Atopic Dermatitis and Food Allergy: History
Please note this is an old version of this entry, which may differ significantly from the current revision.

Atopic dermatitis (AD) is a chronic inflammatory skin disorder characterized by intense pruritus, eczematous lesions, and relapsing course. It presents with great clinical heterogeneity, while underlying pathogenetic mechanisms involve a complex interplay between a dysfunctional skin barrier, immune dysregulation, microbiome dysbiosis, genetic and environmental factors. All these interactions are shaping the landscape of AD endotypes and phenotypes. In the “era of allergy epidemic”, the role of food allergy (FA) in the prevention and management of AD is a recently explored area.

  • atopic dermatitis
  • food allergy
  • food sensitization

1. Introduction

Atopic dermatitis (AD) is a chronic inflammatory skin disorder affecting more than 230 million people worldwide [1][2]. With an increasing global prevalence, up to 20% of children and 10% of adults in high-income countries suffer from AD [3][4][5], while AD’s morbidity burden designates the disease as the skin disorder with the highest impact on quality of life in terms of disability-adjusted years [6].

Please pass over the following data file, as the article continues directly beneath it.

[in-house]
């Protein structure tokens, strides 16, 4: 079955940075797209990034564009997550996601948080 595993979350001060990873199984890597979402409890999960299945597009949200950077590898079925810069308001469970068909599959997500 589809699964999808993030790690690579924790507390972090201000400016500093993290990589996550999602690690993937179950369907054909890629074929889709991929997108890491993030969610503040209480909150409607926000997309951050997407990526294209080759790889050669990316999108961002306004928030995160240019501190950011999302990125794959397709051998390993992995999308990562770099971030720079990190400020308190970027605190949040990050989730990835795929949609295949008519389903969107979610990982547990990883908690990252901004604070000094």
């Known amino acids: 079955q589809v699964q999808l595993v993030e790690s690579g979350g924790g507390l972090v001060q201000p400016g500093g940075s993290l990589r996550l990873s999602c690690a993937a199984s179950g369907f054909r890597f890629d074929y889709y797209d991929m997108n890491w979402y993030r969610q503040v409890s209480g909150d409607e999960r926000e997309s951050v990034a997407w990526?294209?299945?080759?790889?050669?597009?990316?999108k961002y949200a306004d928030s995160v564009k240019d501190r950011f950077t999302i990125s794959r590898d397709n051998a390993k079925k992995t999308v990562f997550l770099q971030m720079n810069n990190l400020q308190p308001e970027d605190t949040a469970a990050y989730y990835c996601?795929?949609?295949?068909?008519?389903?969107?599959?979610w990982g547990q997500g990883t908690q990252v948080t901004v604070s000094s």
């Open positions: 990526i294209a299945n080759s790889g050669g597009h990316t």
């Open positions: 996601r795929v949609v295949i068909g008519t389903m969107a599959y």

AD presents with great heterogeneity in terms of severity, clinical features, and course, with a complex underlying pathophysiology [5], which involves an interplay between the dysfunctional skin barrier, immune dysregulation—starting with a core T helper 2 (TH2) response accompanied by IgE sensitization to environmental allergens and progressing with a widening of the adaptive immunity with TH1, TH17, and TH22 responses—and skin microbiome dysbiosis [7][8]. In addition, genetic susceptibility, along with filaggrin gene’s mutations being the central but not the only recognized genetic disorder, and environmental factors such as ultraviolet radiation, air pollution, water hardness, household hygiene, and climate change contribute to the multidimensional model of atopic dermatitis [9].